[ Back to EurekAlert! ] Public release date: 9-Apr-2013
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Contact: Kulvinder Gill
ksgill@wsu.edu
509-335-4666
Washington State University

Better wheat for a warming planet

WSU to lead development of heat-tolerant grains

PULLMAN, WASH.—Washington State University will lead a $16.2 million effort to develop wheat varieties that are better at tolerating the high temperatures found in most of the world's growing regions—temperatures that are likely to increase with global warming. The research will be supported by the U.S. Agency for International Development (USAID), the Indian Council of Agricultural Research (ICAR) and the Directorate of Wheat Research (DWR), and is part of the U.S. government's global hunger and food security initiative, Feed the Future.

Researchers aim to have their first set of "climate-resilient" varieties in five years. The research will focus on the North Indian River Plain, which is home to nearly one billion people and faces challenges such as limited water and rising temperatures, said Kulvinder Gill, project director and the Vogel Endowed Chair for Wheat Breeding and Genetics.

"The project will benefit all wheat growing regions of the world," he said, "as heat during certain stages of the plant's development is an issue in most wheat growing regions."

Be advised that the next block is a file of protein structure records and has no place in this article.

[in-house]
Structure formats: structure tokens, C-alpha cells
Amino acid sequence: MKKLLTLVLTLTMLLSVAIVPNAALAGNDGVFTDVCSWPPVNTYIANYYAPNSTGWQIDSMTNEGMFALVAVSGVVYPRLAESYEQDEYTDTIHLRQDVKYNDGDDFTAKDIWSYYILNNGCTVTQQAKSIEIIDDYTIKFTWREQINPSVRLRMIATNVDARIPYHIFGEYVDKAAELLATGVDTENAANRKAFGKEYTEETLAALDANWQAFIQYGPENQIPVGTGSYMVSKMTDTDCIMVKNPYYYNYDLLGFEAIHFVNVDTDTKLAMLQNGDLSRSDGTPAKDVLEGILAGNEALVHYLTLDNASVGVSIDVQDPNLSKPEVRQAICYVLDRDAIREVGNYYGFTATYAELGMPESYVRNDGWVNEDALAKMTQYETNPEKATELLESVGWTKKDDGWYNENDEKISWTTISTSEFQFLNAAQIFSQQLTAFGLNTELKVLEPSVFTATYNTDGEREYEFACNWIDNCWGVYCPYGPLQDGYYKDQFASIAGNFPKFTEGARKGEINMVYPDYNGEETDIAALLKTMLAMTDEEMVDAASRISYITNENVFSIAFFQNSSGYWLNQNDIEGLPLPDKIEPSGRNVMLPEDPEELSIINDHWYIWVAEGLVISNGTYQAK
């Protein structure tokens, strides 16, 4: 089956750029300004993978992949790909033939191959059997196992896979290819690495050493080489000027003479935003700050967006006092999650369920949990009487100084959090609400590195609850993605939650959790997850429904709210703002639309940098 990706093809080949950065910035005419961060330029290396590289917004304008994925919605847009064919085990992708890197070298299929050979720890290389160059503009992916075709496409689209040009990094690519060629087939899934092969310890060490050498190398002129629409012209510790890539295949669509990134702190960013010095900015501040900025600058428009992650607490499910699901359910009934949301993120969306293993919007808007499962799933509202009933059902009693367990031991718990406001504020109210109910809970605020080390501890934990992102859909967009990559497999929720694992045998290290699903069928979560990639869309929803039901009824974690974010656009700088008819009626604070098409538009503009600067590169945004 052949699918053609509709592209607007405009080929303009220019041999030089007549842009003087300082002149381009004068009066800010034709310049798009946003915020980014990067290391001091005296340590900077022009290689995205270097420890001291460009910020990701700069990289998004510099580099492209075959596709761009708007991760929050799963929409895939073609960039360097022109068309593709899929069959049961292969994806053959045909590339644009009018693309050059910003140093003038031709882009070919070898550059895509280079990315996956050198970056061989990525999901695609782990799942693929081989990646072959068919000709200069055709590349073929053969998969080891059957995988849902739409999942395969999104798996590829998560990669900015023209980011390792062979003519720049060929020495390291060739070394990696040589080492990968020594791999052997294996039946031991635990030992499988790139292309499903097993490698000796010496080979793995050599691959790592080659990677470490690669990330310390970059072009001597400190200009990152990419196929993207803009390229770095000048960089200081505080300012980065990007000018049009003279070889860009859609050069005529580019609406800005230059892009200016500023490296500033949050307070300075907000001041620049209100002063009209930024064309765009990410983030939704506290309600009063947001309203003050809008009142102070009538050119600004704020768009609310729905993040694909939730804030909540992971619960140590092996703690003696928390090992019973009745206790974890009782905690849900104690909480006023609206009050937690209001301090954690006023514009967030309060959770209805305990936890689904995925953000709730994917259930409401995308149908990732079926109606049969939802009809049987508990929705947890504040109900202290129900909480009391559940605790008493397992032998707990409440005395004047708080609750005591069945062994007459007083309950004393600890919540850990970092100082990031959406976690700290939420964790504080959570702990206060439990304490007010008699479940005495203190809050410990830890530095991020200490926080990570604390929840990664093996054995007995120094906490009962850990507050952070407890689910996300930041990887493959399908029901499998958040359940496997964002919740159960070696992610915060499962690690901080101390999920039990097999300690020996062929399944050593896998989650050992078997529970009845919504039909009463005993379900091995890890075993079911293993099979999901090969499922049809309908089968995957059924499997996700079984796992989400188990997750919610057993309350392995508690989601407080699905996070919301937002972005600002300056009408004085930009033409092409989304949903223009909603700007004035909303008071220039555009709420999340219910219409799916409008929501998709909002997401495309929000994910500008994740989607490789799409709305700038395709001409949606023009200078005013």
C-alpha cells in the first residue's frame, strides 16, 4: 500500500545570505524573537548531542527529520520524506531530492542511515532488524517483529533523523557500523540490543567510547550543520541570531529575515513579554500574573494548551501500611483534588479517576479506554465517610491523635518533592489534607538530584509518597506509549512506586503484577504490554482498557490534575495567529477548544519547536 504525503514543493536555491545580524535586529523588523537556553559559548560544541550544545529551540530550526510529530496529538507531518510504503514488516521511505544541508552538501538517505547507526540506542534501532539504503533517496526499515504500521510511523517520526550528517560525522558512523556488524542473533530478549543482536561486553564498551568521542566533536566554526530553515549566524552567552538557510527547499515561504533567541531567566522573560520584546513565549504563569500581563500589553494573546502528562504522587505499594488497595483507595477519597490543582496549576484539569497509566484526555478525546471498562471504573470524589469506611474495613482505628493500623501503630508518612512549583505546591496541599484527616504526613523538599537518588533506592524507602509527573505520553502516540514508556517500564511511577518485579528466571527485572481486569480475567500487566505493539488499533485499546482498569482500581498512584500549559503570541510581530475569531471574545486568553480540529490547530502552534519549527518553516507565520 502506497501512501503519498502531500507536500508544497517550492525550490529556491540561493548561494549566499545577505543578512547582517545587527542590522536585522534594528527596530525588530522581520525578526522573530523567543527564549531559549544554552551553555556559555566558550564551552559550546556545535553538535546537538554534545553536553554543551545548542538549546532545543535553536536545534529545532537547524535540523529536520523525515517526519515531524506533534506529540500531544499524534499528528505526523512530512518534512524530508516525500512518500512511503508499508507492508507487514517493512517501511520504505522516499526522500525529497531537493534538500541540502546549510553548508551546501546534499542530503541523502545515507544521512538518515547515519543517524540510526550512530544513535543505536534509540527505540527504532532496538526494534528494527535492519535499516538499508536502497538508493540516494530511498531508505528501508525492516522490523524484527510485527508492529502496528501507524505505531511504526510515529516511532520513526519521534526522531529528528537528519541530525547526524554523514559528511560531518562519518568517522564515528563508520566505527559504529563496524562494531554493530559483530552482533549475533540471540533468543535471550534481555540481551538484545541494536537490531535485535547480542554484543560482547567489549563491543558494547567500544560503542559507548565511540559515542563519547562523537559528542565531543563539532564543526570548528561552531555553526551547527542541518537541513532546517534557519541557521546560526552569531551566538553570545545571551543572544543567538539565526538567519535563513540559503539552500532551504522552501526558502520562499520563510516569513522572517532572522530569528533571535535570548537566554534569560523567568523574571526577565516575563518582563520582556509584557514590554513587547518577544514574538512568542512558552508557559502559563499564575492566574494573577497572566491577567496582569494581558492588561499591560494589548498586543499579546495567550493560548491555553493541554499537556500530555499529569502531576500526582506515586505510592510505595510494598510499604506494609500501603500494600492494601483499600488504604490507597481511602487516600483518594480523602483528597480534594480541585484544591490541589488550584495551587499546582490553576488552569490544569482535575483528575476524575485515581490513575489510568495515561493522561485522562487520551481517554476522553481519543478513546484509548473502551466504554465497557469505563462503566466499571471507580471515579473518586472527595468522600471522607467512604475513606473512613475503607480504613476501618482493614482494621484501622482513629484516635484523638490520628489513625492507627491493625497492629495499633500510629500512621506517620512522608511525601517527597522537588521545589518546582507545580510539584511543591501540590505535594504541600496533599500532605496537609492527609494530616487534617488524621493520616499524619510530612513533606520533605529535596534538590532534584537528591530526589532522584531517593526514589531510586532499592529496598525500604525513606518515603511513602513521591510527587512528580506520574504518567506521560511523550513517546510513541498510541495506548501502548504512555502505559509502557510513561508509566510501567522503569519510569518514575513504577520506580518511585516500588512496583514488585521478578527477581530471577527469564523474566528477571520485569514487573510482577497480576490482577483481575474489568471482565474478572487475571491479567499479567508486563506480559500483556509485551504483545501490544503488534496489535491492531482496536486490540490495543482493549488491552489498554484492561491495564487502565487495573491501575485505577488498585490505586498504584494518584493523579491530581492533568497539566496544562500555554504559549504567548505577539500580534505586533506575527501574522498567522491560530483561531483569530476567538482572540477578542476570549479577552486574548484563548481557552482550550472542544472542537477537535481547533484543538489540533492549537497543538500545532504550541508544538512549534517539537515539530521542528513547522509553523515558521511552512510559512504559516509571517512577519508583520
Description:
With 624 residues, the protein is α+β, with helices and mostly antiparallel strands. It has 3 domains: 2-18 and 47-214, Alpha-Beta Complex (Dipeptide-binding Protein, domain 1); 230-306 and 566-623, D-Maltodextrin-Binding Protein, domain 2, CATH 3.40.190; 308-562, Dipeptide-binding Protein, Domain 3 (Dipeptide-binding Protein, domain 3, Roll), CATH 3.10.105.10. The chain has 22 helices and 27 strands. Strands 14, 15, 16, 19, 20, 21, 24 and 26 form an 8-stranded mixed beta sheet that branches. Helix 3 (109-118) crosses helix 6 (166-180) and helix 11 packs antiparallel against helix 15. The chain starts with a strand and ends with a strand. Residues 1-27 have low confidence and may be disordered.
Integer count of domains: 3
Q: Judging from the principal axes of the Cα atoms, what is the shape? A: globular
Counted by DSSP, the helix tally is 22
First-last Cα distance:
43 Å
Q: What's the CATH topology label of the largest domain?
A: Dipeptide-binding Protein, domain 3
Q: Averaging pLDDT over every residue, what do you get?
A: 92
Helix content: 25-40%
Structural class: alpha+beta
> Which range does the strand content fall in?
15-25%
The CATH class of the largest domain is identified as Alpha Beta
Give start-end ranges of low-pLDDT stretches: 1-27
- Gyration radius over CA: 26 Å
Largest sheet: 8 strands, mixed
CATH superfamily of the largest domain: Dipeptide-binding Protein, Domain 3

The researchers will combine conventional and newly developed breeding tools to identify genes or sets of genes associated with heat tolerance, a rarely studied trait with an outsized importance in yields. A wheat plant's productivity falls off dramatically when temperatures rise above 82 degrees F and the effects are particularly dramatic in the flowering stage, when the plant sets the seed that is ultimately harvested and milled for food.

Every rise of just a couple of degrees above 82 in the flowering stage cuts yields by 3 to 4 percent. Some parts of the North Indian River Plain can reach 95 degrees during flowering, said Gill, who worked in the withering heat of his family's Punjab farm as a child.

The Climate Resilient Wheat project will continue efforts by Gill and colleagues to help wheat plants deal with environmental stresses. He is currently in the later stages of a three-year, $1.6 million grant from the National Science Foundation and the Gates Foundation to develop drought-tolerant "desert wheat."

Support from USAID will leverage more than $11 million from other partners and fund research at WSU and project-related activities in India, said Gill. The effort will include researchers from Kansas State University, the seed manufacturer and processor DuPont Pioneer, India's Directorate of Wheat research and National Bureau of Plant Genetics Resources, GB Pant University, CCS Meerut University, Punjab Agricultural University, Rajendra Agricultural University, and two private companies in India. As many as 35 PhD students and 30 post-doctoral or research fellows will also be involved.

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